It’s that time of year again. The birds are singing; the air is warm …
… And allergies are alive and kicking.
Yes, that bane of existence known as allergy season is back. For many across the U.S., springtime signals the discomfort of watery eyes, a runny nose and sneezing fits that make you look as miserable as you feel. Hopefully, this season you won’t have to accept defeat in the battle against spring allergies. Instead, arm yourself with knowledge and fight the good fight with this blog:
What are allergies, exactly, and what causes them?
Allergies are your immune system’s response to a foreign substance (e.g., spores, pollen, mold, etc.). Allergic reactions occur when the antibodies your immune system produces to keep an eye out for these substances—known as allergens—mistakenly deems these harmless entities as potentially dangerous to your body. When the antibodies detect an allergen, they release chemicals to combat the invader, such as histamines. As a result, your airways, digestive system, sinuses or skin can become inflamed, causing symptoms.
Why are allergies worse during spring?
What allergens flourish (and when) are dependent on the region in which you live. However, many people are allergic to the pollen and spores that trees and plants release. That release occurs at the beginning of the spring season as the weather warms and everything comes out of hibernation (ready to reproduce).
What can I do to combat spring allergies?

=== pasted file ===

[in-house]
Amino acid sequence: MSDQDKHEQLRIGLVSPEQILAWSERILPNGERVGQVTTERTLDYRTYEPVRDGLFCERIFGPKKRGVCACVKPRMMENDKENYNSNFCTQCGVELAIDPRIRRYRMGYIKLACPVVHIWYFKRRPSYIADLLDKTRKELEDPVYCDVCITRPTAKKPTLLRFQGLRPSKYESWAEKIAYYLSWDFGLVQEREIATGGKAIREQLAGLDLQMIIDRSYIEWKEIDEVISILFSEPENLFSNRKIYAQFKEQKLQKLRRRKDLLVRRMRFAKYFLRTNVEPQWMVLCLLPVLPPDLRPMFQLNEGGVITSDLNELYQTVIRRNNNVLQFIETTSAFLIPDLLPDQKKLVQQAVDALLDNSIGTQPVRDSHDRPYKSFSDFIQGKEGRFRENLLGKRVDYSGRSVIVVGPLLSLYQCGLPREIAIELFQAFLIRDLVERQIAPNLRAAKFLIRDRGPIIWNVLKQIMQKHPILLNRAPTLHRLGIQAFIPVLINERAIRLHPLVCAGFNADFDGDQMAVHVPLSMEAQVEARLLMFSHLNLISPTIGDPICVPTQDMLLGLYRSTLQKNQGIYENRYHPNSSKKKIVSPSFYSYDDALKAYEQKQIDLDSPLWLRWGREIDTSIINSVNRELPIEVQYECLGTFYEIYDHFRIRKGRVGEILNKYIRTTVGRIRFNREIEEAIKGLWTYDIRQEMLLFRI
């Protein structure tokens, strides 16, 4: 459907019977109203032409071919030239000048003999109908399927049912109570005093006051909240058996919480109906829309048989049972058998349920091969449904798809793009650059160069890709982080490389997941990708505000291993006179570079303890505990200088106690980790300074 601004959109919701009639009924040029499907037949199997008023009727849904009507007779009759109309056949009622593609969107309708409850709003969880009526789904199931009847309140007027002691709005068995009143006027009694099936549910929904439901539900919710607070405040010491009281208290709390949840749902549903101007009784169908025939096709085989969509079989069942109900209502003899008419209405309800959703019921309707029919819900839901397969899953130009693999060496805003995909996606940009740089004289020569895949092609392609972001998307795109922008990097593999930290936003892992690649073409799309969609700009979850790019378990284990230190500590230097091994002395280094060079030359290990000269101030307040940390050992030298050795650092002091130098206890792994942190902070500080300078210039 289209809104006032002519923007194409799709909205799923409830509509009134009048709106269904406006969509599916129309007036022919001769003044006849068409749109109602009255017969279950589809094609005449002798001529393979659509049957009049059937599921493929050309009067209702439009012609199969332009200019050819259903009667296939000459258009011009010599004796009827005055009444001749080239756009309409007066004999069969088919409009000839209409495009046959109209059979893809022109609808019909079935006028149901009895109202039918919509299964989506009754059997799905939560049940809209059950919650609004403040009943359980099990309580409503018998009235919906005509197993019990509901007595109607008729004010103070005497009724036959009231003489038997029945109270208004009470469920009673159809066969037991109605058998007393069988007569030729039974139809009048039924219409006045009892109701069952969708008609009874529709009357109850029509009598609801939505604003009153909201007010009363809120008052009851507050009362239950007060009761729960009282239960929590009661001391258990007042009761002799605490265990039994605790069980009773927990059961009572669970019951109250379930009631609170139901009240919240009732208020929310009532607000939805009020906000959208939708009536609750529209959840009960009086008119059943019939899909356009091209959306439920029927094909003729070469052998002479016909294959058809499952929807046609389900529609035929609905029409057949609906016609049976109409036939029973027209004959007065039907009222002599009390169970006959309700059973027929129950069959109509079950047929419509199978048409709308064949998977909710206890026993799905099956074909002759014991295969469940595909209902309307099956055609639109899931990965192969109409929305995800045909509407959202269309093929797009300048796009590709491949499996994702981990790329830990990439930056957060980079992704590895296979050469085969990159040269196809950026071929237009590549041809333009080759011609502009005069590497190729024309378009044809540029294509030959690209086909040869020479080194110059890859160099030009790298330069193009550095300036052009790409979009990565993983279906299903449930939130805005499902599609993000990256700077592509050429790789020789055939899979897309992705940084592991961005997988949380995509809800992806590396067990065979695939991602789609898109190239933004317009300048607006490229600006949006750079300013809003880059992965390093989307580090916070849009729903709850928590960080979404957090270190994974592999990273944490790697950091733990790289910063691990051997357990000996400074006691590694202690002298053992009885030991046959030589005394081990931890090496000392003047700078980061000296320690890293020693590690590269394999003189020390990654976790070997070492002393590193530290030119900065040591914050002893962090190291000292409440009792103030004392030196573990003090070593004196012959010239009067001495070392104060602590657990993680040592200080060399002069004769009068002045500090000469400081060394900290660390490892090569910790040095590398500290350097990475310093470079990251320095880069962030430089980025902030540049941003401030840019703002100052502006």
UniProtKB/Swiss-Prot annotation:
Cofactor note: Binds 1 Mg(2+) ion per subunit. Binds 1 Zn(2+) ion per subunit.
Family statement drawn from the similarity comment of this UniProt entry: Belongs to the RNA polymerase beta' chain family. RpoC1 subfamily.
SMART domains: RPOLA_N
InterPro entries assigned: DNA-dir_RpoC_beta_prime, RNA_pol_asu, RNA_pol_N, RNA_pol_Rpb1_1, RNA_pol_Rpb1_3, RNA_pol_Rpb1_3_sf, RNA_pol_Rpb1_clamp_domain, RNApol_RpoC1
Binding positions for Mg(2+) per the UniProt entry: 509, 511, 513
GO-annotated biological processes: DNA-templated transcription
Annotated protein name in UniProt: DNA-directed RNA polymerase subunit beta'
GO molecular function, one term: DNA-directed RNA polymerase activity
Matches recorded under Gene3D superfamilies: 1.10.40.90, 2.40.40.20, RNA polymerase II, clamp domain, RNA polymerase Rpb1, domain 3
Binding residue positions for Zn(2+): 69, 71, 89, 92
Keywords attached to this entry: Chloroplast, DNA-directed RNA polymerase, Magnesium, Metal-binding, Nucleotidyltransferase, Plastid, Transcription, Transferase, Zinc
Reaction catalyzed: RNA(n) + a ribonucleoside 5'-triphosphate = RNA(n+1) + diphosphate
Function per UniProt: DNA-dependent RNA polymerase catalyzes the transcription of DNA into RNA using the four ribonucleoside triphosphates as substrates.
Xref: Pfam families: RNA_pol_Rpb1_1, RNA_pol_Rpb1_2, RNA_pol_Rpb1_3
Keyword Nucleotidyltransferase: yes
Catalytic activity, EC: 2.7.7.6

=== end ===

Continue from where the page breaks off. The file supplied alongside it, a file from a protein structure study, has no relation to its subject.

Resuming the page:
While you can’t stop Mother Nature, there are some medical interventions worth considering to keep symptoms at bay (depending on the allergy). They include:
- Over-the-counter medications (e.g., antihistamine pills, nasal sprays, decongestants, etc.) or prescription medications that may help reduce the immune system’s reaction to allergens
- Immunotherapy, a form of treatment in which a series of purified allergen injections are given over a period of a few years to desensitize the body’s reaction to allergens. Immunotherapy can also come in a tablet form that may be dissolved under the tongue in some cases
Other ways to avoid triggering allergic attacks include:
- Keeping all windows closed (including car windows) to keep allergens out
- Paying attention to pollen and mold counts and limiting outdoor activity if the levels are too high, especially if it’s windy
- Taking off your shoes when you come home to keep allergens out
- Washing off with cool water after being outdoors at the end of the day to rinse away any allergens trapped on the skin or in your hair
Are there home remedies I can try?
There are some suggested alternative and homeopathic treatments that may alleviate the effects of spring allergies, such as:
- Drinking nettle-peppermint tea, which contains a flavonoid that can deter the production of histamines and other allergen-fighting chemicals
- Drinking red onion or apple water that contains quercetin, a natural anti-inflammatory and a compound known to open up the airways
- Eating walnuts, which are high in magnesium to combat coughing and wheezing, as well as vitamin E to boost immunity
- Rinsing out the sinuses with a water and salt solution (saline) using a spray or neti pot